Stephen King’s IT is a horror classic with a simple premise – get a gang of misfit kids who need to battle their demons and overcome their fears. How do they do this? By literally defeating a demonic entity that takes on those fears in order to make them tasty enough to snack on. The first time we saw Stephen King’s IT come to life onscreen was in 1990 when Tim Curry stepped into the shoes of Pennywise and helped to develop a healthy fear of clowns in kids and adults everywhere. However, despite Curry’s memorable performance, the rest of the miniseries wasn’t as memorable. However, after watching Andres Muschietti’s adaptation of IT, I can say that we have a relatively memorable adaptation of the film. And it all comes down to the performances and attention given to The Loser’s Club in the film.
The film starts in 1989 and quickly ushers the audience into what kind of terror the town of Derry has to contend with by starting with the novel’s opening scene. We get a glimpse of the infamous Georgie, played by Jackson Robert Scott, before he is brutally murdered by Pennywise. From there we are introduced to the Losers’ Club and get a good glimpse into childhood nostalgia as well as the growing complications that come with bullying and puberty. This is where we get to see where the movie shines through its cast.
We are introduced to Georgie’s older Bill (Jaeden Lieberher), the over-compensating Richie (Finn Wolfhard), the hypochondriac Eddi (Jack Dylan Grazer), and the skeptical Stanley (Wyatt Oleff). The Losers’ Club eventually grows to add on new kid Ben (Jeremy Ray Taylor), home-school student Mike (Chosen Jacobs), and the ever-mysterious Beverly (Sophia Lillis). Beverly joining the gang and the reactions from the boys is handled with thoughtful care, carefully showing the audience the awkward and delicate dance that happens when it comes to friendships between males and females.
Muschiettei’s adaptation spends a lengthy amount of time showcasing how each individual member of the Losers’ Club as they each come across Pennywise. The set up of Pennywise cornering his prey is simple. IT isolates them before making them face their greatest fears and, as happens repeatedly, something manages to foil IT from getting each one of the Losers. This does get repetitive after awhile, but each sequence manages to be displayed in a way that is unique to bringing out the subtleties in the Losers when they come face to face with the things they fear most. That being said, the usage of jump scares and the general audience’s discomfort towards clowns was frustrating. On a primal level and from a directing standpoint, the decision to rely on jump scares makes sense because IT feeds off of fear. By making us jump in the moment and experiencing that momentary flutter of fear, we are then put in the kids’ shoes.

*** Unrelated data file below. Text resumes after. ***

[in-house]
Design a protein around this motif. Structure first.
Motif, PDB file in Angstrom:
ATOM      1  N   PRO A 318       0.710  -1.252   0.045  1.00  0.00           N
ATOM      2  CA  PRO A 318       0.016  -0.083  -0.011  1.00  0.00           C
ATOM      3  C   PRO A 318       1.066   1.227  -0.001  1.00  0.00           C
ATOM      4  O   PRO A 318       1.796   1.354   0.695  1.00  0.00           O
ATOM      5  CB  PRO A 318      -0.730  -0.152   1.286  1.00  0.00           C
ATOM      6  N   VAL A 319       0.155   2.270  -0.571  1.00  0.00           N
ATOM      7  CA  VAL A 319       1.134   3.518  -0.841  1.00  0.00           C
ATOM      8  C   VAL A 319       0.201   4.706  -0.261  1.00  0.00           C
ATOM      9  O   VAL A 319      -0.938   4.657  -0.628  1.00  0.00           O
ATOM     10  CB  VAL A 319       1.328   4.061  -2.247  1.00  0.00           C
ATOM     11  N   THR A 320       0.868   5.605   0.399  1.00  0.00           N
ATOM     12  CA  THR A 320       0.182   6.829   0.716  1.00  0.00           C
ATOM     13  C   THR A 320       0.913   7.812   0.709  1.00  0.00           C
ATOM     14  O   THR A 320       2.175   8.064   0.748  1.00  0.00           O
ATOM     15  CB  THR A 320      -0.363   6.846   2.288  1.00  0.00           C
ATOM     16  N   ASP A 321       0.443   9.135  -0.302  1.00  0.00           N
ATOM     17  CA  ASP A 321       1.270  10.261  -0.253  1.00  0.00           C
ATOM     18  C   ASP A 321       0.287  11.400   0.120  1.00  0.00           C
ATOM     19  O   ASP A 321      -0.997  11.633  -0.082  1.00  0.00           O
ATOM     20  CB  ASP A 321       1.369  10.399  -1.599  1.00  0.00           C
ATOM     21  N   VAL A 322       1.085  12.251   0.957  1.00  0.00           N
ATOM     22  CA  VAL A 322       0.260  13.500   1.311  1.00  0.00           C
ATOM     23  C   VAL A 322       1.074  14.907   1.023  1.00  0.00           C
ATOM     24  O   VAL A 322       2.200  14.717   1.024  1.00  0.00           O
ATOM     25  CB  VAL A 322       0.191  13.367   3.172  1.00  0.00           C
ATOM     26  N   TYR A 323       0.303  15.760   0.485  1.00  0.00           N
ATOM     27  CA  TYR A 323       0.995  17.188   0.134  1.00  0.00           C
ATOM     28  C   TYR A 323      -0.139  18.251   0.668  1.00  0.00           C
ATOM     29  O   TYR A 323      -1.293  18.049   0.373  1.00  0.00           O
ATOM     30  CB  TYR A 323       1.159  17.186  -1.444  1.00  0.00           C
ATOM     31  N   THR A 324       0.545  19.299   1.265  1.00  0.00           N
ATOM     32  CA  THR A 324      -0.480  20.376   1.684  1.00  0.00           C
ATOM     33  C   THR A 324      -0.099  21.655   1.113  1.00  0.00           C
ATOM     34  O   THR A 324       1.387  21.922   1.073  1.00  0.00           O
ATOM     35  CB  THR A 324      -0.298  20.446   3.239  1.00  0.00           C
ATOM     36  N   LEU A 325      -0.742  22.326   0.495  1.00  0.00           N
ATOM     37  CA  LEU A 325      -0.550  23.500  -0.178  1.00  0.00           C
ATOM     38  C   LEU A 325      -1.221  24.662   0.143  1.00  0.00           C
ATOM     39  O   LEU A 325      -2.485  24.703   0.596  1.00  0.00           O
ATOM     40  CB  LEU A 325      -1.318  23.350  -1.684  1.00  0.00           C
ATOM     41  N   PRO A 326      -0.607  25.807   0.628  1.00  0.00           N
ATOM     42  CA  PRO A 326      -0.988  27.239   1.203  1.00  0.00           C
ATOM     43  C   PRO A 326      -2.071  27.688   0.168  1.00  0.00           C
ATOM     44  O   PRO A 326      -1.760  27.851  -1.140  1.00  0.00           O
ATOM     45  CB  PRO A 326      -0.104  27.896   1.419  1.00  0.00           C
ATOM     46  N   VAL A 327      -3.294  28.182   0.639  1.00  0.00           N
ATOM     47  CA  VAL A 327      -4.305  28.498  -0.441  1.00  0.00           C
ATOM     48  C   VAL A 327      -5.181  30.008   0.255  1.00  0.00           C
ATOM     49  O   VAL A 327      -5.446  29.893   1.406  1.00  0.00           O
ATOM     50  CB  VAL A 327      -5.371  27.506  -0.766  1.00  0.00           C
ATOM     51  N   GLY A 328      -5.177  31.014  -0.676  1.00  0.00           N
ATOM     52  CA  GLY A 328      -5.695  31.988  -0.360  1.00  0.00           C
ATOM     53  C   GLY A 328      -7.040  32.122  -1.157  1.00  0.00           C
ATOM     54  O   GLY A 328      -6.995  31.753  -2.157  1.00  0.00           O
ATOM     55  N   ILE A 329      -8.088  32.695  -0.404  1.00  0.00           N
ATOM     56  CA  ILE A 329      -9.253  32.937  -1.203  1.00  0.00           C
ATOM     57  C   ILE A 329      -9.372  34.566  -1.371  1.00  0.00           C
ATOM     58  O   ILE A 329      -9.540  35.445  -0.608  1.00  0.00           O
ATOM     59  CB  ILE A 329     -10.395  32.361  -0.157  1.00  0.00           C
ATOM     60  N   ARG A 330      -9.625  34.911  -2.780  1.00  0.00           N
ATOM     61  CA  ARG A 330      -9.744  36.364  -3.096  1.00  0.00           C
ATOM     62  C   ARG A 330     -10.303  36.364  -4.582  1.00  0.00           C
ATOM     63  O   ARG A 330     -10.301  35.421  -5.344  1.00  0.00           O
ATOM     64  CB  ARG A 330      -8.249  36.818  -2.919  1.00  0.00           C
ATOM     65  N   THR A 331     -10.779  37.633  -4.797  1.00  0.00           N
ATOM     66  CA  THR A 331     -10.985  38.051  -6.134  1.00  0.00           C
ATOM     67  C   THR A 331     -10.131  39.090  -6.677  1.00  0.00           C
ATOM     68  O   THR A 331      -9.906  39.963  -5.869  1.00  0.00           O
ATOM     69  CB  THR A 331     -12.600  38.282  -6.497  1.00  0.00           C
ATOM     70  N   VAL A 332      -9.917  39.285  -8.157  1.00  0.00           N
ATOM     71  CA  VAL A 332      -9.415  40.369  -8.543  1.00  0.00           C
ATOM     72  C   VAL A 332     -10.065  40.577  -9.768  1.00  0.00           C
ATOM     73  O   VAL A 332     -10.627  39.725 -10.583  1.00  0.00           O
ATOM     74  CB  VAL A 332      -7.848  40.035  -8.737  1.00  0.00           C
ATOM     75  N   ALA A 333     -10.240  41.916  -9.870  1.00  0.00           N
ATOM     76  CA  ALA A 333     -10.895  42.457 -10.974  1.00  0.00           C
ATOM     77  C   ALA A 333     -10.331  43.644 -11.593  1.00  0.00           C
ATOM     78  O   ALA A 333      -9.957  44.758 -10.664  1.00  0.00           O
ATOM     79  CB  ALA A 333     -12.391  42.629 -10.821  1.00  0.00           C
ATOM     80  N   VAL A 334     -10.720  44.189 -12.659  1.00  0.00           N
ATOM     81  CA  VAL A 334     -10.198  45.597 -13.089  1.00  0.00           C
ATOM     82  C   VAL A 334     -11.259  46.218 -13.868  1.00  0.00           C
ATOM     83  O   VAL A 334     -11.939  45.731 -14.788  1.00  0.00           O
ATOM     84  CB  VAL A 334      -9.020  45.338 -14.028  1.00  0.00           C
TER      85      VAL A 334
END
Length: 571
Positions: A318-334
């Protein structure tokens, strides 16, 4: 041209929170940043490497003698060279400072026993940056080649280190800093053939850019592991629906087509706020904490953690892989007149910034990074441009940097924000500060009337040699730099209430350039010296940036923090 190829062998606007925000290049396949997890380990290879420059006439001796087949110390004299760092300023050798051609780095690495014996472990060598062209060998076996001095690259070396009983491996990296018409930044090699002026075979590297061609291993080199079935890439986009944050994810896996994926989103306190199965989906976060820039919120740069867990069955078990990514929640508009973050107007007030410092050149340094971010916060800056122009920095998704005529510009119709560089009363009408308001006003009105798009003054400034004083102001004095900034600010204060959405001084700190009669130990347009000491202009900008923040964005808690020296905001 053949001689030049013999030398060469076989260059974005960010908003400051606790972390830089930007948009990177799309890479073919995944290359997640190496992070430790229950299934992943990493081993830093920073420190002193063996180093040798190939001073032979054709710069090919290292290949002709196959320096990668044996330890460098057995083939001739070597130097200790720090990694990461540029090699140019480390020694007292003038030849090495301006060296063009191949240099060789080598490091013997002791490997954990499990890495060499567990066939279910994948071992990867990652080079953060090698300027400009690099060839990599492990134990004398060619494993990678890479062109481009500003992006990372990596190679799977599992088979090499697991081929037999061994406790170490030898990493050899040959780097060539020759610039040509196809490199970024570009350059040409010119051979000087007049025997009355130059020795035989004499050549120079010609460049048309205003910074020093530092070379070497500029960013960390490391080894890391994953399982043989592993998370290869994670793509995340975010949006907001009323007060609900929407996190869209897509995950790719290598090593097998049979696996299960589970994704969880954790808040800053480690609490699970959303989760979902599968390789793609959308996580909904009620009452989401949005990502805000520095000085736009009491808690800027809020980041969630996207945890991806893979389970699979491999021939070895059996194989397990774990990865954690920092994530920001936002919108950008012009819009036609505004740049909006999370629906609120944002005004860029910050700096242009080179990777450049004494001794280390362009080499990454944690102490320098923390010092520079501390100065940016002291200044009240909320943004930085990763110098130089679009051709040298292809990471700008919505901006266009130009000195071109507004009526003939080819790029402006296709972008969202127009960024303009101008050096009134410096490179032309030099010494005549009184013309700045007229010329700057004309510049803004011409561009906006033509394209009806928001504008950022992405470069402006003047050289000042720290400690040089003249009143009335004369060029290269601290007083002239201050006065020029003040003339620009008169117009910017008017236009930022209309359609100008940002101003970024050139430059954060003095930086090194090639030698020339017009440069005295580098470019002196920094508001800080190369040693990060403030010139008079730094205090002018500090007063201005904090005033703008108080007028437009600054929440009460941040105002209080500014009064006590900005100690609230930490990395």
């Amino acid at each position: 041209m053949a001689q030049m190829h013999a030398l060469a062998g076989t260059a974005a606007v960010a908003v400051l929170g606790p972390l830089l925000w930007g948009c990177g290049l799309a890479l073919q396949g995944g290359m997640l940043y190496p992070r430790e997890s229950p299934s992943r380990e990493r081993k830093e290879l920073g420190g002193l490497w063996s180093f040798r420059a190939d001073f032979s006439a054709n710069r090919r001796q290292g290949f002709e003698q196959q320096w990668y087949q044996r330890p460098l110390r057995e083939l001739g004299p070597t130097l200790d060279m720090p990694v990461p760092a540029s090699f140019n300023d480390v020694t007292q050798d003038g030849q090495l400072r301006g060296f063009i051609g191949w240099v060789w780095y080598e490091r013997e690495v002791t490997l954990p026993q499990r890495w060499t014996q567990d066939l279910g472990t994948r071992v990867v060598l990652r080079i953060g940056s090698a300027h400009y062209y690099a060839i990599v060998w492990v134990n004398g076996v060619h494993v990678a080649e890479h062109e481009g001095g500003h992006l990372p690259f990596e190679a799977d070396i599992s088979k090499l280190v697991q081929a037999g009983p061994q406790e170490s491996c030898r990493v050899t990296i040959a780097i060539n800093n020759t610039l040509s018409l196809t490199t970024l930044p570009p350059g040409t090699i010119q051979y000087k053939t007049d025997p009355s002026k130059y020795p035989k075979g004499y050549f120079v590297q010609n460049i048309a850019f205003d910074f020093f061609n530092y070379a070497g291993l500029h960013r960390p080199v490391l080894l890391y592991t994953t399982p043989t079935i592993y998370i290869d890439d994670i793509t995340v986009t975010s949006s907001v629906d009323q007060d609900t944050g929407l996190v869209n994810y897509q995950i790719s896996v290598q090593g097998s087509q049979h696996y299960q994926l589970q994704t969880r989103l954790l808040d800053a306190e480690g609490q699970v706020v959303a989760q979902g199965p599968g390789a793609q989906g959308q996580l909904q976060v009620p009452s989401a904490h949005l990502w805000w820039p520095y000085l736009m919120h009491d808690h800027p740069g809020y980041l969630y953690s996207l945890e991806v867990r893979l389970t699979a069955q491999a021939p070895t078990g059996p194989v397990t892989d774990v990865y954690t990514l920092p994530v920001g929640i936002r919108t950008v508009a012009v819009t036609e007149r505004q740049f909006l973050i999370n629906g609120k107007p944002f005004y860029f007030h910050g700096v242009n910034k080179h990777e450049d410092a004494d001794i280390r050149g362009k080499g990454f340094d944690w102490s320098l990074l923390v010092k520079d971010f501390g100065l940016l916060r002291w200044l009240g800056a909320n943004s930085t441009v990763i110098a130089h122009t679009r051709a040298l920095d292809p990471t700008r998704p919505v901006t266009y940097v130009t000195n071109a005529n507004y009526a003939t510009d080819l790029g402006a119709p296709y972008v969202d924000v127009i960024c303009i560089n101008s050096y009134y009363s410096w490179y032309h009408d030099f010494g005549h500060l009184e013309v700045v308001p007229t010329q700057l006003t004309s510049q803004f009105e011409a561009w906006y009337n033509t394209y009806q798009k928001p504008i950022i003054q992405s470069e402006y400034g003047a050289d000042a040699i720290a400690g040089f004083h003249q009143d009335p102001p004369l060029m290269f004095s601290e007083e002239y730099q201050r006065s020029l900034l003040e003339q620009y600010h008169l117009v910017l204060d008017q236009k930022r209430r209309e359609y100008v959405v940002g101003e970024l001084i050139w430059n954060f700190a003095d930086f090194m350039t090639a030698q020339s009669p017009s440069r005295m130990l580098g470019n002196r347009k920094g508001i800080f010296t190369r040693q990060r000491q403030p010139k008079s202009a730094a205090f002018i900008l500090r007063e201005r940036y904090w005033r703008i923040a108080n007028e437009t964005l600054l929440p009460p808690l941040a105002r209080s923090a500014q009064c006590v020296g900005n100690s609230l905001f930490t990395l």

While the kids’ cast stands out, Bill Skarsgard’s performance as Pennywise the Clown is terrifyingly childish and balances the line between seductive and completely and utterly terrifying. Where Tim Curry’s performance in the miniseries was more rooted in something more human, Skarsgard makes every effort to represent the more demonic side of IT. His jerky movements, vocal manipulations, costume, and makeup all play a hand in how a creature like IT can come to thrive off of the fear and misery of children.
As fear provoking as some scenes are, the flow of the film isn’t always consistent. Transitions between scenes, especially the horror-filled ones, come across as disconnected and edited purely for an obvious dramatic effect that doesn’t always work. There is a lot of telling in this film versus showing us the natural progression of the gang discovering who IT is and how they come to discover IT appears every 27 years. Instead, we are told, which takes away the gradual build up of unease and terror that the story should provoke. However, there is a weird balance between heartwarming childhood nostalgia and terror that works.
Overall, this adaptation of Stephen King’s IT is not the best adaptation out there. However, given the initial concerns fans had about this movie getting a reboot, I think fans of the book will be pleased. The changes that have been made in the adaptation work in its favor and, despite issues with the flow, the acting, and chemistry between the child actors is definitely what makes this film shine. I definitely recommend seeing it, even if you have a gut wrenching fear of clowns like I do.
Stephen King’s IT will be released in theaters on September 8, 2017.